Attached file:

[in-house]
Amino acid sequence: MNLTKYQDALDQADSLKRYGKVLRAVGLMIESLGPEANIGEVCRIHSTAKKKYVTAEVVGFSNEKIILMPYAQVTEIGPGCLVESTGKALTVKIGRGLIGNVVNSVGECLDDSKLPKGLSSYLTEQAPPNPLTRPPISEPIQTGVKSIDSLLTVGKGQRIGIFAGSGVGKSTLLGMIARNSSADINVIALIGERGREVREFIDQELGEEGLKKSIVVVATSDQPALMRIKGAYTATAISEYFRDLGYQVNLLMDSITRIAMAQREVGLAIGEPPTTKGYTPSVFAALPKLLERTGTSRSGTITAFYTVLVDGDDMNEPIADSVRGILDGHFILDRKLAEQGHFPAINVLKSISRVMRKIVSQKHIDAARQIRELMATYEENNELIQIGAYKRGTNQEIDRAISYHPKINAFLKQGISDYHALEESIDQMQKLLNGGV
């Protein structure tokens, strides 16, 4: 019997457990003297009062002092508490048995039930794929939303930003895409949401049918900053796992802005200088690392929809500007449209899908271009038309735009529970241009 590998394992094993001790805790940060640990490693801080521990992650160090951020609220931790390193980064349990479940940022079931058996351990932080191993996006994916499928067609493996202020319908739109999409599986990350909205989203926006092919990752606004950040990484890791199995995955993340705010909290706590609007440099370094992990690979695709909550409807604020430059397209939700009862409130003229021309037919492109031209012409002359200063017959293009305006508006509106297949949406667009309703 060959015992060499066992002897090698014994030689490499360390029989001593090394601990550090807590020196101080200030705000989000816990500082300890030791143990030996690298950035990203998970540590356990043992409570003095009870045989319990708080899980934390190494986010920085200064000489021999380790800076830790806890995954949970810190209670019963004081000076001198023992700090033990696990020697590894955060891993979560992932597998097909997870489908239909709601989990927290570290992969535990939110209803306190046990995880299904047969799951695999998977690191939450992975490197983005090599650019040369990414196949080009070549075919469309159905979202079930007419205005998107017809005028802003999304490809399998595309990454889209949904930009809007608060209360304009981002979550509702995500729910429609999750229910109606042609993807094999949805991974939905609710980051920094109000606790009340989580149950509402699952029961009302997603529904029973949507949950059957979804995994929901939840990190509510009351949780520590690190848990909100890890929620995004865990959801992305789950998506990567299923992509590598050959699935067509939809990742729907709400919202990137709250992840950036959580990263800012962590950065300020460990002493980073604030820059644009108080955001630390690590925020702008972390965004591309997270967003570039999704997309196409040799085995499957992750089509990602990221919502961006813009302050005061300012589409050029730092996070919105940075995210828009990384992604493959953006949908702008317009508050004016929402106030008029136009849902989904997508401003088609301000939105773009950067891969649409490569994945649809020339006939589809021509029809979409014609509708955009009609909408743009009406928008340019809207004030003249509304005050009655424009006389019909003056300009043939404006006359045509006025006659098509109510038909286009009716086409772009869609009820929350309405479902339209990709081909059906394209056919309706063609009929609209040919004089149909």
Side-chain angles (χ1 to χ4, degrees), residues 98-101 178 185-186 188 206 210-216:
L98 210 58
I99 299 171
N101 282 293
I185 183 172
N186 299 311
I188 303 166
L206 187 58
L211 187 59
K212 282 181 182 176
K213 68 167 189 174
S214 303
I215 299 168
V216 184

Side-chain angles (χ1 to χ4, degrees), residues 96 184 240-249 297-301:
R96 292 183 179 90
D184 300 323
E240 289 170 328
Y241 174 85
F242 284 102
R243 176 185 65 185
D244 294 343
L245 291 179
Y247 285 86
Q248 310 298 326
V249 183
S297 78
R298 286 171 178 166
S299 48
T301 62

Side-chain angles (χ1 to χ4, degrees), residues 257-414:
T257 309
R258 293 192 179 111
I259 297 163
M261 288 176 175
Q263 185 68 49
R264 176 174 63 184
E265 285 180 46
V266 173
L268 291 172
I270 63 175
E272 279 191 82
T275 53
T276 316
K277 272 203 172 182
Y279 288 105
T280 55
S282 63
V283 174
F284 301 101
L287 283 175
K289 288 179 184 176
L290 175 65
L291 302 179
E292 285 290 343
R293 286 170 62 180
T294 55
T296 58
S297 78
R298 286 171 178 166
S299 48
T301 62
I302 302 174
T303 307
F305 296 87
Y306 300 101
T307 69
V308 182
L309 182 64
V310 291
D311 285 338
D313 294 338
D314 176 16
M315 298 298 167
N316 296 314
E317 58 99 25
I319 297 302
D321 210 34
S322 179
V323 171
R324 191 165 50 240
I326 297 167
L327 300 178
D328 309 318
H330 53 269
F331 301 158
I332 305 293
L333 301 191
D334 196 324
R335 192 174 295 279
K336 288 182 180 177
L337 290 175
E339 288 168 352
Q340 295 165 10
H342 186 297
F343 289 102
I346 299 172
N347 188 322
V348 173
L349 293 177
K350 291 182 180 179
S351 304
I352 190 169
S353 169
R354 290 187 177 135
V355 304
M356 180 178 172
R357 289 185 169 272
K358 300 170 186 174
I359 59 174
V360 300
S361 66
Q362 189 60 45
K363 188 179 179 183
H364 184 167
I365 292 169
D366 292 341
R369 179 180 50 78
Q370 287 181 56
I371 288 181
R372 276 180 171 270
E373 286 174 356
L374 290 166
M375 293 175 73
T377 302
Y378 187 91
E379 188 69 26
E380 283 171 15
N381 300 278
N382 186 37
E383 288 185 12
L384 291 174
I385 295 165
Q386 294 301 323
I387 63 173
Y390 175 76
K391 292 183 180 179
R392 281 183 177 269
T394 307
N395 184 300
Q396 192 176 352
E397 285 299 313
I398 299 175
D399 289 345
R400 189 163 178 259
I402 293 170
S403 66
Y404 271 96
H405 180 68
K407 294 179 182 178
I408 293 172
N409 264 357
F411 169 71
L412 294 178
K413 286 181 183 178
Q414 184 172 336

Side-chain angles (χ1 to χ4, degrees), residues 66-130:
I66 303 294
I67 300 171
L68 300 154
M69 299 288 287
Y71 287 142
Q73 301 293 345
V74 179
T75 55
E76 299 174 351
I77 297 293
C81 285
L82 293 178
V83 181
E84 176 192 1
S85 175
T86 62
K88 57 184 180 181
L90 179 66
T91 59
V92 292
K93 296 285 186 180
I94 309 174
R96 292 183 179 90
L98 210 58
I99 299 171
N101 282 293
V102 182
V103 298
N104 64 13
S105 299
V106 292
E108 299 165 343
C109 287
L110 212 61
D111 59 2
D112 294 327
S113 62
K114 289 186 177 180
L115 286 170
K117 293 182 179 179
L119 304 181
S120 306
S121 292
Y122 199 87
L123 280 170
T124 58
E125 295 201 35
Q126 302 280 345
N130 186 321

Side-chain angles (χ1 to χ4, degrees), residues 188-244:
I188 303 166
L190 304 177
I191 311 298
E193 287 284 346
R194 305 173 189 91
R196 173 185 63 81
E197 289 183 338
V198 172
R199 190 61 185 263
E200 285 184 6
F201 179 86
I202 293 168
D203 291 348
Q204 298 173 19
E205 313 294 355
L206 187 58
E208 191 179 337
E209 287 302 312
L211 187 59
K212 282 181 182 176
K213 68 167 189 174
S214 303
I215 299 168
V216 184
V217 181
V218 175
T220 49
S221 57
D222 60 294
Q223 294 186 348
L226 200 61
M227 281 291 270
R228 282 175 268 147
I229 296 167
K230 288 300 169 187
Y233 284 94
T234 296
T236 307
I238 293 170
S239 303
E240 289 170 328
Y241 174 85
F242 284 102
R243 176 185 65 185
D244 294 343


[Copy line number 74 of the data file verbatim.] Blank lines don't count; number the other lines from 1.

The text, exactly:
D311 285 338